Tom McDonnell: The Irish body politic and especially its commentariat will no doubt spend the next few weeks obsessing and navel gazing over the fiscal compact and its perceived impact on Ireland. Yet in truth the real debate that matters is the one going on at the Euro zone level. The institutional and policy architecture of the Euro zone is deeply flawed at a structural level. These flaws have been cruelly exposed by the response to the debt crisis and by the failures leading up to the banking and debt crisis. How Europe now decides to respond will decide the future shape of the Euro zone and it is in that intellectual space that Ireland must begin engaging in.
There are a number of useful 'non-official, non-Irish' resources on the Internet for those interested in the debate:
The Eurointelligence feed (firstname.lastname@example.org) is probably the best free daily resource on the Euro crisis that is out there. It combines news and media reports from around the Euro zone with high quality analysis. See here.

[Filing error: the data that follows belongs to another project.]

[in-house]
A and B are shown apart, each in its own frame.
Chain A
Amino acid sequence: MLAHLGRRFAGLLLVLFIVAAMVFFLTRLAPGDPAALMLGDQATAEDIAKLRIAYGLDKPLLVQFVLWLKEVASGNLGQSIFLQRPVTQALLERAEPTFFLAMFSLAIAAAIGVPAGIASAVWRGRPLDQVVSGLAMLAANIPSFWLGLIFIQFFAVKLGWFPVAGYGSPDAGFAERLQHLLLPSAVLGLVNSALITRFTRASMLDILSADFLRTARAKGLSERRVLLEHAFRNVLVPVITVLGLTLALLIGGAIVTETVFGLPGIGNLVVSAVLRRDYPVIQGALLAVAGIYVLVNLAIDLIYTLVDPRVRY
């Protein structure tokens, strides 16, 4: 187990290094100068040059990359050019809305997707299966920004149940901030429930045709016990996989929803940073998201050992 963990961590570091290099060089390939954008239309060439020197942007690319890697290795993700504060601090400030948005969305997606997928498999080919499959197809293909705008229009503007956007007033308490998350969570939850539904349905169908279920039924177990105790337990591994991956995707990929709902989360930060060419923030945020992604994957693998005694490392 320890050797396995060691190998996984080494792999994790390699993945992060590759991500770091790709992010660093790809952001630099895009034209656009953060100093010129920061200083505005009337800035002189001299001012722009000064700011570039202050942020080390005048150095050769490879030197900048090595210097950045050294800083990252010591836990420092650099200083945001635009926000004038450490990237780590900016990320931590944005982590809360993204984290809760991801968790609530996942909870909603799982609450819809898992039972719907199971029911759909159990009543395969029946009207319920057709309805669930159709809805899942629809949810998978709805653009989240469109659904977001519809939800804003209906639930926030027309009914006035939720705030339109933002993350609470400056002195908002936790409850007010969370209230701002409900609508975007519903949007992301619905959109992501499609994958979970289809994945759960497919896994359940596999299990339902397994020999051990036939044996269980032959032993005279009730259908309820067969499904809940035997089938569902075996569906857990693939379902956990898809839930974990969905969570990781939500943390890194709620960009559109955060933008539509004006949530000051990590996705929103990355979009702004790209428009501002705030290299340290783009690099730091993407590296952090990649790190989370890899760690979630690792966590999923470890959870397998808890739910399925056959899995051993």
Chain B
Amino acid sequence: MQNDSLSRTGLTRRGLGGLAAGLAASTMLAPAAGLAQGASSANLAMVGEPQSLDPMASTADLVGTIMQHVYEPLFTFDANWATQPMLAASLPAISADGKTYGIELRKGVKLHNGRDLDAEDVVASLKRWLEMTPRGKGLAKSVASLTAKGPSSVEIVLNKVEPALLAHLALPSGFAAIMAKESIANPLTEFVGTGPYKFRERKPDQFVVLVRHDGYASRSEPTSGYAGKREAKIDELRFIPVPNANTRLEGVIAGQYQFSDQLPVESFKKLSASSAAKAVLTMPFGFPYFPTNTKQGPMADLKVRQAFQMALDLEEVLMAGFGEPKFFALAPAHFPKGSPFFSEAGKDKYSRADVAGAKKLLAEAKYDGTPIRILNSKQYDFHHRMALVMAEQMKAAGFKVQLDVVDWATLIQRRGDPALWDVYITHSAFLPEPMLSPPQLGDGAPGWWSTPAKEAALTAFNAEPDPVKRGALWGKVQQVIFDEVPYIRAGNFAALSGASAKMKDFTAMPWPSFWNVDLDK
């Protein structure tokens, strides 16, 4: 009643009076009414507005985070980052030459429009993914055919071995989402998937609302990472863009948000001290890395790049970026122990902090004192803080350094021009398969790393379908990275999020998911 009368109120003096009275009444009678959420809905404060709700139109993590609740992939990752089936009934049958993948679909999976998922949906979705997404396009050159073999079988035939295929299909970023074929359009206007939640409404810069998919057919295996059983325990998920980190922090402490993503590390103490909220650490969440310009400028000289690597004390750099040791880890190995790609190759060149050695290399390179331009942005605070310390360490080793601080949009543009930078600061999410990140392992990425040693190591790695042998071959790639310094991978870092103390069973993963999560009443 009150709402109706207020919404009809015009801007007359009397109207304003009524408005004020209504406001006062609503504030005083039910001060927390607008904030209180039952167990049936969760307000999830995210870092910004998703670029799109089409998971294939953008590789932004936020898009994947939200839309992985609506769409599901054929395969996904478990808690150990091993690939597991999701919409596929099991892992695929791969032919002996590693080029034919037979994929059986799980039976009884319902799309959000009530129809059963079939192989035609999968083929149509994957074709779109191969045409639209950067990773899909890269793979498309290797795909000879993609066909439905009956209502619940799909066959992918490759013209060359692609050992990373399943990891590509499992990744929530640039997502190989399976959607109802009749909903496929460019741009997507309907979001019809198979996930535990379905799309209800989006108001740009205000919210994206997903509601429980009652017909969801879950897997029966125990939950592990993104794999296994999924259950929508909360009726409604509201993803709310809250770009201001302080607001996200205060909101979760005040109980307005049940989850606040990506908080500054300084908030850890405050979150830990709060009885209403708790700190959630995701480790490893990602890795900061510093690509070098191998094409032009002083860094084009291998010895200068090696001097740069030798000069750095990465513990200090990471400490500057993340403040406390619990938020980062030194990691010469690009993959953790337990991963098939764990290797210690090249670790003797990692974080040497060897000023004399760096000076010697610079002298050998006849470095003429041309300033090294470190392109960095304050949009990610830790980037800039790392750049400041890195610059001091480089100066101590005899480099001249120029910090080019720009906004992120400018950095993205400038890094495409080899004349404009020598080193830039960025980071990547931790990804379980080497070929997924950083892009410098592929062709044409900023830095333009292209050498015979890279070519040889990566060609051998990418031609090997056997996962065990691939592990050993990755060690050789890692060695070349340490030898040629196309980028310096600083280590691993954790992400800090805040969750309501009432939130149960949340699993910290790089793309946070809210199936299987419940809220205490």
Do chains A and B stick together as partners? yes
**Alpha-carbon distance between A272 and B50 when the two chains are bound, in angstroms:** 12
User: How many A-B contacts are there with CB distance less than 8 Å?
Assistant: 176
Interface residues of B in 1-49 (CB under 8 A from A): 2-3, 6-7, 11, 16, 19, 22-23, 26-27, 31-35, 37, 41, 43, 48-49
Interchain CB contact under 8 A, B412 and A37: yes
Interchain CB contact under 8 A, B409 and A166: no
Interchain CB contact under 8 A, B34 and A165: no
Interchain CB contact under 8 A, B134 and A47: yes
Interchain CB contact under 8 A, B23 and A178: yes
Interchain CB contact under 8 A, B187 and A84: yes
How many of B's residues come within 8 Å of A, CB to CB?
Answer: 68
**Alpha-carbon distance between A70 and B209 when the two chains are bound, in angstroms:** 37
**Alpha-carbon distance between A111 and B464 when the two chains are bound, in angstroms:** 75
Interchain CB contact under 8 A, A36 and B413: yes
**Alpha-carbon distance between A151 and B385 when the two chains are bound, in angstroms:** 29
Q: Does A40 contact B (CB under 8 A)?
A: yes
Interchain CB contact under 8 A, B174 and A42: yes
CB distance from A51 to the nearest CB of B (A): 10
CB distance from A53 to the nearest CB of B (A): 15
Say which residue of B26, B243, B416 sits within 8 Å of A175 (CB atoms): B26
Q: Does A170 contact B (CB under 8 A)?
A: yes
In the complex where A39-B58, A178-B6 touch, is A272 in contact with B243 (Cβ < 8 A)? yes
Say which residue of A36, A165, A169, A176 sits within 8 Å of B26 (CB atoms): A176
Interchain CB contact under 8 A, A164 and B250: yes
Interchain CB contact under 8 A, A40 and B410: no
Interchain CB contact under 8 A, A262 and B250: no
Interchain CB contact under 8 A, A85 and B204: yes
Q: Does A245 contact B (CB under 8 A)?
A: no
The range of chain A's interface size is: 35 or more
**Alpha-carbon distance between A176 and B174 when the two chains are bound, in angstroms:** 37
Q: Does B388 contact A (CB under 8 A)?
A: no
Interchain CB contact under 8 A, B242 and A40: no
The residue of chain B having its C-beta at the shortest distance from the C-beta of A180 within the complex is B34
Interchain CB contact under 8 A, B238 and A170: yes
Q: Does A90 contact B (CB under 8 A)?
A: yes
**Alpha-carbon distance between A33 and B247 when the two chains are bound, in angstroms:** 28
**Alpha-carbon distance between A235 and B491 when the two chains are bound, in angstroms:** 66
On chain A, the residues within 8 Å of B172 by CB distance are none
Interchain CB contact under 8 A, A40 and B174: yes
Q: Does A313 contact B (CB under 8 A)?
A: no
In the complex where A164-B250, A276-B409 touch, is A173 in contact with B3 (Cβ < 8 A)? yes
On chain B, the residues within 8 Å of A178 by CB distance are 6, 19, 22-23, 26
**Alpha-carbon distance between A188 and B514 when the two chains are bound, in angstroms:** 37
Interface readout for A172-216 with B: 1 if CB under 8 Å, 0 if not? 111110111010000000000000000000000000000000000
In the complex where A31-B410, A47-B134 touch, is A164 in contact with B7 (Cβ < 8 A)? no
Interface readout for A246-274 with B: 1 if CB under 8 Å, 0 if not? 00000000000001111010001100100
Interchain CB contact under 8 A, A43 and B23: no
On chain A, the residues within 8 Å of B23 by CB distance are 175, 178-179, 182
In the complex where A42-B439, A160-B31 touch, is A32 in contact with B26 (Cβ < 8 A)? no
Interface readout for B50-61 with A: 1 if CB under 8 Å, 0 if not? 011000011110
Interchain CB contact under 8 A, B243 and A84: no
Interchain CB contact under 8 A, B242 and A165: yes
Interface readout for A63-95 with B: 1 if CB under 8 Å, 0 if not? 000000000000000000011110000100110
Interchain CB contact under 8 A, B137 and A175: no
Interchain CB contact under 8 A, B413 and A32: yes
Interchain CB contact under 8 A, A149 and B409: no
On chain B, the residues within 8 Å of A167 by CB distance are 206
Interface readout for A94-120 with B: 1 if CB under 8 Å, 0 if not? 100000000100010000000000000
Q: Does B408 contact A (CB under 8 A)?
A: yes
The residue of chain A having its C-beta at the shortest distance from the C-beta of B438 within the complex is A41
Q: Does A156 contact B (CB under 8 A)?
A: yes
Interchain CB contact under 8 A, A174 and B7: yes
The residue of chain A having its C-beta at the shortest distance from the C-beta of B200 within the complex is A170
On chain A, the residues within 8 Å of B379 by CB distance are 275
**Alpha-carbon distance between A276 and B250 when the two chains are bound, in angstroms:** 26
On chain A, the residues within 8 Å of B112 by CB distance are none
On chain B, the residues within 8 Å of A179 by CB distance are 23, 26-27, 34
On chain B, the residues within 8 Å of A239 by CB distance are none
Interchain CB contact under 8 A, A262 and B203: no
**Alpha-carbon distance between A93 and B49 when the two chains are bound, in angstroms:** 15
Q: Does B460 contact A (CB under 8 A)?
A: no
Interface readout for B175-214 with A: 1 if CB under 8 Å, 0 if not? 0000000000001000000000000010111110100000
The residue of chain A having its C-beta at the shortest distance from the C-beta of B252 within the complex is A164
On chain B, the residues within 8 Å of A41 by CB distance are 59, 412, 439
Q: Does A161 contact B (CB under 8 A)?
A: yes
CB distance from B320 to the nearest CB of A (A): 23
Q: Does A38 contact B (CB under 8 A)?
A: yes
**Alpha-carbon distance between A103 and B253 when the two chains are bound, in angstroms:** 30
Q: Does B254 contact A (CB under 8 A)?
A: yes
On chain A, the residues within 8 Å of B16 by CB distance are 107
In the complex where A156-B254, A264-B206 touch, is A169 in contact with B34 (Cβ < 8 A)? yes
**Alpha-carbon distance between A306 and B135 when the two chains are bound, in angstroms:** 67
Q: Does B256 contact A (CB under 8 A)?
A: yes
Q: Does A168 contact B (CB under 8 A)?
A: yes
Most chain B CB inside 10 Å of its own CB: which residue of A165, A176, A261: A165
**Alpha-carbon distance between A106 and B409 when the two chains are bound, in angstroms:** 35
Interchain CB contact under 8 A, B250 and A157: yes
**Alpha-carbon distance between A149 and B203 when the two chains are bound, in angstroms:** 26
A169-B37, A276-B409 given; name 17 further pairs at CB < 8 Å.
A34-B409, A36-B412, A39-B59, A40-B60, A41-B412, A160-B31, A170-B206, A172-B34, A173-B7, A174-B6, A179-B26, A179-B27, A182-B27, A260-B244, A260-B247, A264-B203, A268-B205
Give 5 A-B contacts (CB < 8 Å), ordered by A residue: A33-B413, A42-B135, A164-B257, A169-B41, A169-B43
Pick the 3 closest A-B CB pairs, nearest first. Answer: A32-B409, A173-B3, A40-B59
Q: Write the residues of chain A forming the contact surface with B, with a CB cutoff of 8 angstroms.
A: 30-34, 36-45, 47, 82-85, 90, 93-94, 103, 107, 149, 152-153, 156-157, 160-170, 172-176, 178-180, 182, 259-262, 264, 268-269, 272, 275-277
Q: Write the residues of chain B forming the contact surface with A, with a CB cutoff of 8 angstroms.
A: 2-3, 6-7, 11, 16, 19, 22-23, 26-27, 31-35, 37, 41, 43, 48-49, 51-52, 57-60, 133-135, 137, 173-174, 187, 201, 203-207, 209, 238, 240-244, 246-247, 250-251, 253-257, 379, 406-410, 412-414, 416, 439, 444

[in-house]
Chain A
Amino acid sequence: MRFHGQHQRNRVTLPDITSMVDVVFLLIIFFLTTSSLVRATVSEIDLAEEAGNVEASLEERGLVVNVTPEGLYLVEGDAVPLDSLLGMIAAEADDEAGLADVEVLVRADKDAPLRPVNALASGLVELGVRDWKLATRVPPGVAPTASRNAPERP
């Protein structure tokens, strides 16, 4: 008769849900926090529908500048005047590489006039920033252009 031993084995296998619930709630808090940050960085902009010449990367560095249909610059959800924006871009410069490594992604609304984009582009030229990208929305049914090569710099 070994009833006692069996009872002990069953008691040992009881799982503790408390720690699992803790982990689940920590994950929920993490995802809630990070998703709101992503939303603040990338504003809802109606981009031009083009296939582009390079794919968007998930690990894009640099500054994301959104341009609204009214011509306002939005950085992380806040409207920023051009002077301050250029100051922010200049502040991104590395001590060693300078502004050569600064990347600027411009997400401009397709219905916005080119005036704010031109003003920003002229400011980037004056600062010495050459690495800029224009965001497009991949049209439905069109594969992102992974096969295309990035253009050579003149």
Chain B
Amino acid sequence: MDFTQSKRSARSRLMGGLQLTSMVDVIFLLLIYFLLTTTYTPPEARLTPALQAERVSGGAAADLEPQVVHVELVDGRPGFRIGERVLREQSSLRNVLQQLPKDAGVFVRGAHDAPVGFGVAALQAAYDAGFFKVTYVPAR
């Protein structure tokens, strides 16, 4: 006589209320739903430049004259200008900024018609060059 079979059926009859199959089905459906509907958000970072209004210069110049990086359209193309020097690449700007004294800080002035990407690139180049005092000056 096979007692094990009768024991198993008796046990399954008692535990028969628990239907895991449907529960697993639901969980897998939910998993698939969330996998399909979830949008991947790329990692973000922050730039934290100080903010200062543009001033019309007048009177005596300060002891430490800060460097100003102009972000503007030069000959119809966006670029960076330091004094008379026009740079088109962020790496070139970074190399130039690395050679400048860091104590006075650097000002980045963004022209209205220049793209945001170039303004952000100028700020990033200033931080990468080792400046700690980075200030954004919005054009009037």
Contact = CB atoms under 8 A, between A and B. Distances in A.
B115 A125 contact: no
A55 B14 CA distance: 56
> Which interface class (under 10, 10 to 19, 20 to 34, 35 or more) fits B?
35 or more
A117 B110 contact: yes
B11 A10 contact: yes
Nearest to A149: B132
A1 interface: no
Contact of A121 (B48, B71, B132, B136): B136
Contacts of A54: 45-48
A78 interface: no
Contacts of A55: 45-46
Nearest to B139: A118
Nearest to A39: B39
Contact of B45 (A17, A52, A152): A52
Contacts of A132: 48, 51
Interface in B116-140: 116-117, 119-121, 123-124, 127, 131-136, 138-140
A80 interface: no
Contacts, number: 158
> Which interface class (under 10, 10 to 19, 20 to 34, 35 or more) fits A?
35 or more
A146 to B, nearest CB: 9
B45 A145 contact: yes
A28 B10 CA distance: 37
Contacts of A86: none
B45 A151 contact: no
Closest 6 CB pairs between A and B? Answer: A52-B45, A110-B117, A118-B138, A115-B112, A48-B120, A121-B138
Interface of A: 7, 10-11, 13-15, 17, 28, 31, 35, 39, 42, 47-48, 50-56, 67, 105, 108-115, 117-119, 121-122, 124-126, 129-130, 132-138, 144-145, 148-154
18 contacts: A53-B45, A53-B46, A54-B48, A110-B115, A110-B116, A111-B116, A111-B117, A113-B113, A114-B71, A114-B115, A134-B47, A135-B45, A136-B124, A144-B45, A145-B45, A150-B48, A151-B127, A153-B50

Over at VOX EU there is a lively debate going on about the merits, or otherwise, of austerity. See here.
The Social Europe Journal is another site worth a visit for its analysis of the crisis and for a constructive, albeit damning, critique of current policies.
Well worth a look at from time to time are the CEPS, Project Syndicate and Breugel websites while John McHale helpfully adds a few additional links here. Yanis Varoufakis provides the perspective from Greece here.
Across the atlantic Paul Krugman and the idiosyncratic Brad DeLong regularly provide external and often scathing perspectives on the official response to the Euro crisis.
Finally, the Financial Times and the Guardian usually conduct rolling live blogs whenever the latest Euro zone drama erupts.
This is just a small selection. We are in the midst of a multidimensional crisis with multiple targets. There can be no silver bullet in such a scenario. Nevertheless there are viable solutions out there that can, taken as a package, ensure the viability of the Euro zone over the medium-term. And not just a Euro zone where unemployment and poverty concerns are seemingly always secondary to concerns like narrow price stability.
Some of these solutions will undoubtedly be politically difficult. Ultimately Europe's leaders will need to decide what their vision for the Euro zone is, what is sacrosanct, and what is negotiable. Indeed they should be obliged to articulate their vision. This would bring a degree of much needed clarity to the discussion.